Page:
For source spectrum, regardless of file format, flux with negative values will be automatically set to zero, unless keepneg=True is set during initialization.

Both source spectrum and bandpass can be written out to a FITS table with their respective writefits() attribute, which provide options to overwrite existing file with the same name, remove redundant zero flux/throughput rows from both ends, set floating point precision, and add extra information to the primary header in extension 0.


Read a source spectrum from FITS table:

>>> sp = S.FileSpectrum('/some/place/spectrum.fits')

Read a source spectrum from ASCII table. Wavelength and flux values must already be in the units of Angstrom and flam, respectively:

>>> sp = S.FileSpectrum('/some/place/spectrum.dat')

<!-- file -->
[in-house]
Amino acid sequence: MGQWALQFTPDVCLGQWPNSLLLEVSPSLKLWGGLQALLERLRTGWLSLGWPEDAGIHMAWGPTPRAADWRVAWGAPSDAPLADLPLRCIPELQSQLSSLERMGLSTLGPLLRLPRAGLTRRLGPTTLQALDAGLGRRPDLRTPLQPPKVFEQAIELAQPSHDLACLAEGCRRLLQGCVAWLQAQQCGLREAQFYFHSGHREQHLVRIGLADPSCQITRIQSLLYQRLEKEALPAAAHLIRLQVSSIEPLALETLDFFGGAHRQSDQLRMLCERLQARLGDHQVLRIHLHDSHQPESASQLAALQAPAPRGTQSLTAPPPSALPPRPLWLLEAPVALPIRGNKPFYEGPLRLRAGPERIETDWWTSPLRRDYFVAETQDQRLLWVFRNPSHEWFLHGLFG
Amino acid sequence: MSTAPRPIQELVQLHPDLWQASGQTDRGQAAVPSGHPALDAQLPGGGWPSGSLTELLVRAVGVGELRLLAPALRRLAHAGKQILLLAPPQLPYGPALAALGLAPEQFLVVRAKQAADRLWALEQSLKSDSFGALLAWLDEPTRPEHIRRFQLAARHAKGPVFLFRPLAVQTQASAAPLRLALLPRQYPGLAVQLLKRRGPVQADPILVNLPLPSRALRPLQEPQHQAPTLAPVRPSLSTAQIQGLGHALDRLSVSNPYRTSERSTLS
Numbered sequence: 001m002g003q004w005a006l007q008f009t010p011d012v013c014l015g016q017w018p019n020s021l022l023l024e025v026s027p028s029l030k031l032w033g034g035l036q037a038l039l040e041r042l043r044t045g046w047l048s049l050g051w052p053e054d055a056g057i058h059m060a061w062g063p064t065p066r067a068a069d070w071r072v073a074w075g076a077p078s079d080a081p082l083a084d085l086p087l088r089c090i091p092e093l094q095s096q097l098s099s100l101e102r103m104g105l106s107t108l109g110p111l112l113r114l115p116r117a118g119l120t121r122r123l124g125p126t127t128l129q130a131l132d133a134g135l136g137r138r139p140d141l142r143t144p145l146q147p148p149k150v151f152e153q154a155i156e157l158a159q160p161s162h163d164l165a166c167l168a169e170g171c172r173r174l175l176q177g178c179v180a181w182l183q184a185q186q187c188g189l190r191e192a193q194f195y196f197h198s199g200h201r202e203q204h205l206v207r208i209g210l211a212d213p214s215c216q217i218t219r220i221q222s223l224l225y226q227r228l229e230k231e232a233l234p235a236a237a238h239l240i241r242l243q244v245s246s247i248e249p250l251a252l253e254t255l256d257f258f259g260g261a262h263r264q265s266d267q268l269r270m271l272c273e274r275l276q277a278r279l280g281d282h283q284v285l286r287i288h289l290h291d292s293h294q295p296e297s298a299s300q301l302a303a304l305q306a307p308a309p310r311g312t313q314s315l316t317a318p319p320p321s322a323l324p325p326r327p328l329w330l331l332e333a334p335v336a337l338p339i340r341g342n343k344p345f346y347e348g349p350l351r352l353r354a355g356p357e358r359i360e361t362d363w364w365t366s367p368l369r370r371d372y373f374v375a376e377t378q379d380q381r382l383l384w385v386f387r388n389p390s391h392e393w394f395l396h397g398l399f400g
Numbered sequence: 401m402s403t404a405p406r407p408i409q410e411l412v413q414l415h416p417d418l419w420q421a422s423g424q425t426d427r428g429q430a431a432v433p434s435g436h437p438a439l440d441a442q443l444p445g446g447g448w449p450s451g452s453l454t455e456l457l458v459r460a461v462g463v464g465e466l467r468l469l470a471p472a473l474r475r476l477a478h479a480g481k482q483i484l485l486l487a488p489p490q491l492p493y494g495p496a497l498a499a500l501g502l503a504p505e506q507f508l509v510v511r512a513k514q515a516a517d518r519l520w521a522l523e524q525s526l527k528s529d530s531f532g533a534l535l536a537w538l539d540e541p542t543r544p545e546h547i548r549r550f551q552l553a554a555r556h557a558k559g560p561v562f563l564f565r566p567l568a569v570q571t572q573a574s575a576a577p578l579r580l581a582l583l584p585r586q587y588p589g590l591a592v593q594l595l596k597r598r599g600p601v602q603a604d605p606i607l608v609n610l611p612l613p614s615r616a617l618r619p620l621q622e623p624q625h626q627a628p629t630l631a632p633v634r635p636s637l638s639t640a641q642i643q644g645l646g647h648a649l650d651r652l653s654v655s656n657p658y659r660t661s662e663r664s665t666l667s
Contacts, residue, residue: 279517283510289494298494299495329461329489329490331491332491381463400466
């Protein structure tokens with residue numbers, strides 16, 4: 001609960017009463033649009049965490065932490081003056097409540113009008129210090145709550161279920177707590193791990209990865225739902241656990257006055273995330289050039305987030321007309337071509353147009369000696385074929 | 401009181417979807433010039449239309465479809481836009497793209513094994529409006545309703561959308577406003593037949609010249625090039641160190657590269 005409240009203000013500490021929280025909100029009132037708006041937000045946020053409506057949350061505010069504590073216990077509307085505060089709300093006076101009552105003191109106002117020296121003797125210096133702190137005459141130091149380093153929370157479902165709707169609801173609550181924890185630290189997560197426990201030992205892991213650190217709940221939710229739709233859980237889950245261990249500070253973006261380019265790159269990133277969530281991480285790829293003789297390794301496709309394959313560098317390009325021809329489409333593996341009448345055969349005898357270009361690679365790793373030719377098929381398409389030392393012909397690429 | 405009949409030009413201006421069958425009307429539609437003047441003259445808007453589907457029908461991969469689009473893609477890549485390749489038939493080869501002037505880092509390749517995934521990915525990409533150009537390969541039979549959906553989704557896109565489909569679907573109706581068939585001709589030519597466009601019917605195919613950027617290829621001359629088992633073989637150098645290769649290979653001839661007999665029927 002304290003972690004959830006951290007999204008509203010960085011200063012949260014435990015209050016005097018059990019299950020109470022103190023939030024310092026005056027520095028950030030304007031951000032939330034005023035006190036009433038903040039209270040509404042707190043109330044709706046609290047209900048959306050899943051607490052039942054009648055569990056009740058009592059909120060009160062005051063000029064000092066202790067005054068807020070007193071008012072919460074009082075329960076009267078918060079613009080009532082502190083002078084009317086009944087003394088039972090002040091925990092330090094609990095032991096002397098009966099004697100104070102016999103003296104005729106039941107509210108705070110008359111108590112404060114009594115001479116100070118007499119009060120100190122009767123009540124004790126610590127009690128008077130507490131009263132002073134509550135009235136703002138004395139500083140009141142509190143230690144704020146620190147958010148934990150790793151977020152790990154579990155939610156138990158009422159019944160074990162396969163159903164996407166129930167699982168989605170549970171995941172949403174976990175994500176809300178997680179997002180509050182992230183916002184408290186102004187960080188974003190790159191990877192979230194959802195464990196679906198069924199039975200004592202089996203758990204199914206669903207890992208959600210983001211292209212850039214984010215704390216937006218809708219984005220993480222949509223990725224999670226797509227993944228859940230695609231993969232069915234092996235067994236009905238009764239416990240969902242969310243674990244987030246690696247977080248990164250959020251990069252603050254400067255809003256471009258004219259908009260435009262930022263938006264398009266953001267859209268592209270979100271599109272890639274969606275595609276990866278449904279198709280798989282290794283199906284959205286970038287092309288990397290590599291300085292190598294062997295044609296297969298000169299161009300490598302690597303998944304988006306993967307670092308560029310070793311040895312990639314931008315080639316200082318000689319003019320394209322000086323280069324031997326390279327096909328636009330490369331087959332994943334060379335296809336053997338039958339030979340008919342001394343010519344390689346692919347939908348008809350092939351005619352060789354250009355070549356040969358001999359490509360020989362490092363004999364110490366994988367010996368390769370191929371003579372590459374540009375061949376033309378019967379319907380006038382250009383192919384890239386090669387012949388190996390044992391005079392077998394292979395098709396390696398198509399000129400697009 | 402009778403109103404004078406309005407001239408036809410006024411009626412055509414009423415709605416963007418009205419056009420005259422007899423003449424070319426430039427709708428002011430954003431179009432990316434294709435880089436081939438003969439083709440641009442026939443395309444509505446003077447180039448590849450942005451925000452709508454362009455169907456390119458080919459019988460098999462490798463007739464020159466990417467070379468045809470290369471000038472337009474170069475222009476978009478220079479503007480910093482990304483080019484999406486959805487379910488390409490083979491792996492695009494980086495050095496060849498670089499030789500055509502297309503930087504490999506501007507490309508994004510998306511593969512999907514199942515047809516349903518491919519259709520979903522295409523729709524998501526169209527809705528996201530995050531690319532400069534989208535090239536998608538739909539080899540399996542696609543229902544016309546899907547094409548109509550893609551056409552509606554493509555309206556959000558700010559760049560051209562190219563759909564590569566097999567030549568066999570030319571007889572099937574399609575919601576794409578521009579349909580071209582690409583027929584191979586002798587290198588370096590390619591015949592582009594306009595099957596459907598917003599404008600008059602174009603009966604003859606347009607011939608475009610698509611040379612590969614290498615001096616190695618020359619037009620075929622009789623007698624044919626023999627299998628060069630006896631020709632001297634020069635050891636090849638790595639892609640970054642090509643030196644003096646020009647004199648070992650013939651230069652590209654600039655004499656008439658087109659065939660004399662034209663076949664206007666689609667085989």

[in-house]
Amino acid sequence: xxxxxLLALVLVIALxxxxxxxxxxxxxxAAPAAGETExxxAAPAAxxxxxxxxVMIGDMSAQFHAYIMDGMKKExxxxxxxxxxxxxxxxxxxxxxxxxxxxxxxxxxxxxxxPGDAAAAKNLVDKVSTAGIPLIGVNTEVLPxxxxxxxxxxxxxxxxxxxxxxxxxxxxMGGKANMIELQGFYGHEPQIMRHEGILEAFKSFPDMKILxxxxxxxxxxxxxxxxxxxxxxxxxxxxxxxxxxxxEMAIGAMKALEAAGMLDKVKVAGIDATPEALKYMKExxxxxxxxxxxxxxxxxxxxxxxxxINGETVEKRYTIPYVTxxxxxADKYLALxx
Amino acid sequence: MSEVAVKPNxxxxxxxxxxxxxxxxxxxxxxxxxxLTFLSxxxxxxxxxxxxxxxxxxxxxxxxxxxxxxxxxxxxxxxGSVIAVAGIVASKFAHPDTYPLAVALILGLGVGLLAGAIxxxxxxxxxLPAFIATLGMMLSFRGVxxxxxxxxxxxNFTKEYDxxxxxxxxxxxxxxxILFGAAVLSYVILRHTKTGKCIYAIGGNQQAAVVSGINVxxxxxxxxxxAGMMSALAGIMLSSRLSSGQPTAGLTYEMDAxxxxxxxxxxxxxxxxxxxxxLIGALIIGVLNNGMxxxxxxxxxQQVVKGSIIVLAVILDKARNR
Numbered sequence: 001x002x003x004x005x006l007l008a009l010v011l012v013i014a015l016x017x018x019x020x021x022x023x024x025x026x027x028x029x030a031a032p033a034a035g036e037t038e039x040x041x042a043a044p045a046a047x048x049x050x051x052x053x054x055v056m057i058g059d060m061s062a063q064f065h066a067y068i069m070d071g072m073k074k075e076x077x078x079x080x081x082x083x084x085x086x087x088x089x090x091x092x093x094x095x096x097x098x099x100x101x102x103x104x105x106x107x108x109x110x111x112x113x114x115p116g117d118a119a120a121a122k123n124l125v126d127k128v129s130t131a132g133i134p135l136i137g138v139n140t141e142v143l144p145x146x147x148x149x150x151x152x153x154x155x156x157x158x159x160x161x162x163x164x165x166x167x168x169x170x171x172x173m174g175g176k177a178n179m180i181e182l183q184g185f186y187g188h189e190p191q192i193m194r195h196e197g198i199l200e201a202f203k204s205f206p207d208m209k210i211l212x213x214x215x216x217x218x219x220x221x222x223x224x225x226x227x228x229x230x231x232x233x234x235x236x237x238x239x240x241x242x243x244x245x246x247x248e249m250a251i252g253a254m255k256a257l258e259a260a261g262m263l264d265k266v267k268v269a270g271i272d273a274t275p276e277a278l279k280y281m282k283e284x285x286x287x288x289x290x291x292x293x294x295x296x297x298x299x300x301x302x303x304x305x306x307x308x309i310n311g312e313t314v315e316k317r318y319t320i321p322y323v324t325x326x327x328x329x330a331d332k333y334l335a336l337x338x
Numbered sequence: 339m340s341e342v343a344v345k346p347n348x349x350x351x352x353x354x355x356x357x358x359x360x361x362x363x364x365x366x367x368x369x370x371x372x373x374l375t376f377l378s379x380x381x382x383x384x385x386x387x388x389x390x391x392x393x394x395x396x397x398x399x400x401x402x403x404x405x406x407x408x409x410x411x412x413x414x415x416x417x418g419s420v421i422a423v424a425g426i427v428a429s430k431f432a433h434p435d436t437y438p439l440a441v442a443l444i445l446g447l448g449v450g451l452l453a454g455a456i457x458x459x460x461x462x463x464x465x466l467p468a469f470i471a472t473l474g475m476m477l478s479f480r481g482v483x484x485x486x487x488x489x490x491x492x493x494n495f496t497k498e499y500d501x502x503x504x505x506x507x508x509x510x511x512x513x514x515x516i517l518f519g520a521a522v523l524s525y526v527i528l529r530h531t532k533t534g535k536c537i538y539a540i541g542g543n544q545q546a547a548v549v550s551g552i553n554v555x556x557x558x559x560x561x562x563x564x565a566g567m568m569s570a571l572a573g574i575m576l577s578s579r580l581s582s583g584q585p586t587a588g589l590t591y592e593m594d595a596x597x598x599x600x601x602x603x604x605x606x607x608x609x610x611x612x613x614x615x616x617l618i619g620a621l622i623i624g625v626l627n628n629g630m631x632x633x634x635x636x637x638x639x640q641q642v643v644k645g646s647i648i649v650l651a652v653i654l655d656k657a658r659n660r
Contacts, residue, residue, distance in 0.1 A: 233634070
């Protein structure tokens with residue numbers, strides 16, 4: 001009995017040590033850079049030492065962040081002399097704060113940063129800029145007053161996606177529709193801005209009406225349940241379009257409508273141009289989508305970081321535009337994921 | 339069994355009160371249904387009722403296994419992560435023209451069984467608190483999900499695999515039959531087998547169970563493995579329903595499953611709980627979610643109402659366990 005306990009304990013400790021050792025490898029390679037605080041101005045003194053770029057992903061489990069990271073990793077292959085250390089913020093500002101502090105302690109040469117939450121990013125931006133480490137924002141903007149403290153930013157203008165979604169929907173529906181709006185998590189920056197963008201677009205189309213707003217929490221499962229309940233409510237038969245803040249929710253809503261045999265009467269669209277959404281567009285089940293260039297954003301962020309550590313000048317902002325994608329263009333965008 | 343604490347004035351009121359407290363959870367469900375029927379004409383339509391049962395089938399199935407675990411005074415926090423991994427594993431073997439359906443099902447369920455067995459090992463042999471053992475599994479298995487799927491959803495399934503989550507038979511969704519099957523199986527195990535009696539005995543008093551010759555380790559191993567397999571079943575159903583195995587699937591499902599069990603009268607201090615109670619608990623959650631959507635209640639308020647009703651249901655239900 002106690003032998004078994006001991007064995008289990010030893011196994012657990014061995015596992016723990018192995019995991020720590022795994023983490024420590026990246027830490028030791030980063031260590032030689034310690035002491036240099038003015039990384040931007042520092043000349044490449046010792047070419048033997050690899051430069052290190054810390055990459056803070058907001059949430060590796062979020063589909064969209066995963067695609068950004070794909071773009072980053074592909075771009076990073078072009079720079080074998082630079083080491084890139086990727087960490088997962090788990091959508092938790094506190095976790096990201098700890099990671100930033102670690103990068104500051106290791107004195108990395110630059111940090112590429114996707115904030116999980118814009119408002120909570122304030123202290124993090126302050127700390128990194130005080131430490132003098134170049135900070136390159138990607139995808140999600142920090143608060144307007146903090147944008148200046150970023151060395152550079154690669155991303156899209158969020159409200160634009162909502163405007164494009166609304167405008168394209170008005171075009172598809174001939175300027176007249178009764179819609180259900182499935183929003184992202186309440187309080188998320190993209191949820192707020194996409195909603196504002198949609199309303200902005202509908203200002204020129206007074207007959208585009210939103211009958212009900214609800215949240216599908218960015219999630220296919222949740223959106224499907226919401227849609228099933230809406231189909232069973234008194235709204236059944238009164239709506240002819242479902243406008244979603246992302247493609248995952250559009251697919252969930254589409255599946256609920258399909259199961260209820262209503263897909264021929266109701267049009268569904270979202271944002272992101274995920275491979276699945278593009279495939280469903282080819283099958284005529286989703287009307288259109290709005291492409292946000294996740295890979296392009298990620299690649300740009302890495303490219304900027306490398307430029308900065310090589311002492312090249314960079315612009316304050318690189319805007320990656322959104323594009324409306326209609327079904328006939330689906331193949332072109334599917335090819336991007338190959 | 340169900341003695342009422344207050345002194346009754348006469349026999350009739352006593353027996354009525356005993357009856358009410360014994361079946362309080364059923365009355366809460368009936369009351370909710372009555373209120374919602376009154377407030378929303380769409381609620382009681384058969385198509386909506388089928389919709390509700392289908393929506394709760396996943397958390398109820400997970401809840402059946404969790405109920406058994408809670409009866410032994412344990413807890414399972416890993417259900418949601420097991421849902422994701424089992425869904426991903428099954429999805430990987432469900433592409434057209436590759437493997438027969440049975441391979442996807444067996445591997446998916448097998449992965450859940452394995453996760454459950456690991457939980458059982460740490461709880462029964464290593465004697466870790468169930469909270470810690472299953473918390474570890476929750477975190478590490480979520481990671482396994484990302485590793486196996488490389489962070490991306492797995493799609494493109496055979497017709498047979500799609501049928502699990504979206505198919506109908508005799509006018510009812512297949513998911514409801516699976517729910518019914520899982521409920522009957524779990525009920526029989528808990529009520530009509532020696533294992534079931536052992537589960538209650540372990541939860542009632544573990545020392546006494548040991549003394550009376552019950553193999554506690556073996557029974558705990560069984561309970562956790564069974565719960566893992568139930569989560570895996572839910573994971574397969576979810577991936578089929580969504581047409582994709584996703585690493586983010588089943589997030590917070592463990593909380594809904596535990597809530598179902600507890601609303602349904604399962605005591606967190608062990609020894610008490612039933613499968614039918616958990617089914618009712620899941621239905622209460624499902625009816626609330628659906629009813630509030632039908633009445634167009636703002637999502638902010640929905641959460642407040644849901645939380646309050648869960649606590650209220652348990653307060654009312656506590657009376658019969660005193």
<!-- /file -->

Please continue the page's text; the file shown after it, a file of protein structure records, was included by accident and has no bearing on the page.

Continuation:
Write a source spectrum to FITS table. Options are set to overwrite any existing file, trim redundant rows with zero flux at both ends, force double precision, and add a new keyword MYKEY1 to primary header:

>>> sp.writefits('/some/place/spectrum.fits', clobber=True, trimzero=True,
...              precision='double', hkeys={'MYKEY1':42})

Read a bandpass from FITS table:

>>> bp = S.FileBandpass('/some/place/bandpass.fits')

Read a bandpass from ASCII table. Wavelength values must already be in the unit of Angstrom:

>>> bp = S.FileBandpass('/some/place/bandpass.dat')

Write a bandpass to FITS table with default options:

>>> bp.writefits('/some/place/bandpass.fits')

Plot a bandpass:

>>> plt.plot(bp.wave, bp.throughput)

Plot a source spectrum:

>>> plt.plot(sp.wave, sp.flux)